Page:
High Stakes Tests Destroy Students’ Self-Esteem in Hours – Special Ed Teacher says “Heartbreaking”.

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Dear Bill and Melinda,

I have taught SPED for 36 years. I’ve seen lots of changes — most for the better — but having to give these students the test was heartbreaking.

I spend months building up their self-esteem to have it destroyed in hours.

What’s worse is that it does not give me any data that I can use. This data is not used in any way statistically because its not valid.

So someone please tell me why we abuse our special needs children in this way.

Carla Sartin
Special Ed Teacher

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We are running for the following Renton Education Association positions because we believe in the following planks: Becca Ritchie, Candidate for REA President, Nelsen Middle School, Computer Tech Susan DuFresne, Candidate for Primary Executive Board, Maplewood Heights Elementary, Integrated Kindergarten ✅  Demanding a healthy work-load/life balance. ✅  Bargaining competitive professional compensation. ✅  Challenging the status quo test culture with: Less is more! ✅  Emphasizing our professional expertise. ✅  Prioritizing equity and access for all. ✅  Utilizing 2-way 21st century communication tools. ✅  Acting in solidarity with all unions. ✅  Supporting ALL members. ✅   Implementing developmentally appropriate K-3 curriculum/assessment.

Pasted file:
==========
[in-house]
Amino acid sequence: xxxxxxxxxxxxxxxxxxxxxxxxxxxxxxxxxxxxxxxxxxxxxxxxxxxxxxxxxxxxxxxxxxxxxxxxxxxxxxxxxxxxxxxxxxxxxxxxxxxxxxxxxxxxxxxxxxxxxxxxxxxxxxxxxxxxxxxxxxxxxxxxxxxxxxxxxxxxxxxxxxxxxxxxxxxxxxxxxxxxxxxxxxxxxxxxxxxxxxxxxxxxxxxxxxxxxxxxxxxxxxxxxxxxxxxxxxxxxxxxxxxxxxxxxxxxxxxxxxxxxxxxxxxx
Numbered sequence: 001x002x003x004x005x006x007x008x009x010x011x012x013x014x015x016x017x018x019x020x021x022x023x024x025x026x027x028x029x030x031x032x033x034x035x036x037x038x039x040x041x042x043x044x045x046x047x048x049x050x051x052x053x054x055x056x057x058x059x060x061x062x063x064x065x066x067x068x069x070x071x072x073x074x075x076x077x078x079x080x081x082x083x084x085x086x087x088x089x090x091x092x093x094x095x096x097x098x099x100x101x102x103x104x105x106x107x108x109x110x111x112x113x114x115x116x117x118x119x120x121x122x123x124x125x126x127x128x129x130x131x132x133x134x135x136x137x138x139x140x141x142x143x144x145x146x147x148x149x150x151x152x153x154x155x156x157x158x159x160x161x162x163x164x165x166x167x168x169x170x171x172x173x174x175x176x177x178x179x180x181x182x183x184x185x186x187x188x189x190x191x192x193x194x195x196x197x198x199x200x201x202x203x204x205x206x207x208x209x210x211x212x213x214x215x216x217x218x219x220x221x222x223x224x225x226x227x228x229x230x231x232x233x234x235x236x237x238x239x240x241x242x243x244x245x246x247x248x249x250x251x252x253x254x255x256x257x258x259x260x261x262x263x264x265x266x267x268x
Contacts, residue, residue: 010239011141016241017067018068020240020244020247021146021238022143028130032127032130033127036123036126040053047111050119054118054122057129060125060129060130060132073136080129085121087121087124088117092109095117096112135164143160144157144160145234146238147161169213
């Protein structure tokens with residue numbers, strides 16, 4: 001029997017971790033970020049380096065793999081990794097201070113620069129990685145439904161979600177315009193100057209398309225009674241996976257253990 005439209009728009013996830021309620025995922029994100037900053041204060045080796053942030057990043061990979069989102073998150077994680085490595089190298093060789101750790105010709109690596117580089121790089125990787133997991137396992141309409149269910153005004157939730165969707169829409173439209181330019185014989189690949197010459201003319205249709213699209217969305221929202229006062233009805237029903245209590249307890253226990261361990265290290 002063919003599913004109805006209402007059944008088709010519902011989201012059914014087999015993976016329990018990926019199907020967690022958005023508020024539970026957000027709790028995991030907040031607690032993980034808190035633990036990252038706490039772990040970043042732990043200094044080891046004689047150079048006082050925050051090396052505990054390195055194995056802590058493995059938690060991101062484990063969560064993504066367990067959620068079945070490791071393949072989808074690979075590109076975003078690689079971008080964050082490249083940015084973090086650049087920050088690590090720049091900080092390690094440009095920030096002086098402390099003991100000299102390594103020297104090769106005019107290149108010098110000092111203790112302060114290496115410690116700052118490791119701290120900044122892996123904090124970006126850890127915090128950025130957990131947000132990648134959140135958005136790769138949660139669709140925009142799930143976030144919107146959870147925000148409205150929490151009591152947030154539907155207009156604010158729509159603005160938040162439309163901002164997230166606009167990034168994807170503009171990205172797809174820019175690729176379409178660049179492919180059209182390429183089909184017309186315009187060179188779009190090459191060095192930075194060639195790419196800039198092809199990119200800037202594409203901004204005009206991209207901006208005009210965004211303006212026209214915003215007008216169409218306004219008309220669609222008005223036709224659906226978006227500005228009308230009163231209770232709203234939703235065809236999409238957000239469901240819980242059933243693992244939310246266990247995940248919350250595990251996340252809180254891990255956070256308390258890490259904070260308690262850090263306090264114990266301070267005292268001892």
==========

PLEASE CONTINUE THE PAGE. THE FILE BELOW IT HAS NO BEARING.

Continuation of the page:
This entry was posted in IDEA, NCLB, Special Education, Standardized Testing and tagged , , , , , , , , , . Bookmark the permalink.

2 Responses to High Stakes Tests Destroy Students’ Self-Esteem in Hours – Special Ed Teacher says “Heartbreaking”.

  1. Donna Austin says:

    I could not agree more! I too am a special ed teacher for high school and you know what I tell the kids? “We spend a lot of time discussing self-advocacy and how important it is that you understand your learning strengths and weaknesses. I have to offer this test to you, but you do not have to accept it. No one can make you take a test, you do not receive a grade for this test, and this test has no impact on you graduating from high school. With that information, I want you to decide if this test is an appropriate measurement of your abilities. It’s up to you. Whatever you decide, I will support you.” Most kids will try and some will stick with it the whole way. Others will ask, “I really don’t have to take this?” I assure them that there is no penalty for quietly closing their test booklet and choosing to read instead. My students find it impowering to “choose” to not take a test.

  2. Pat says:

    Sadly at this point in WA state the test has to be taken in order to graduate.

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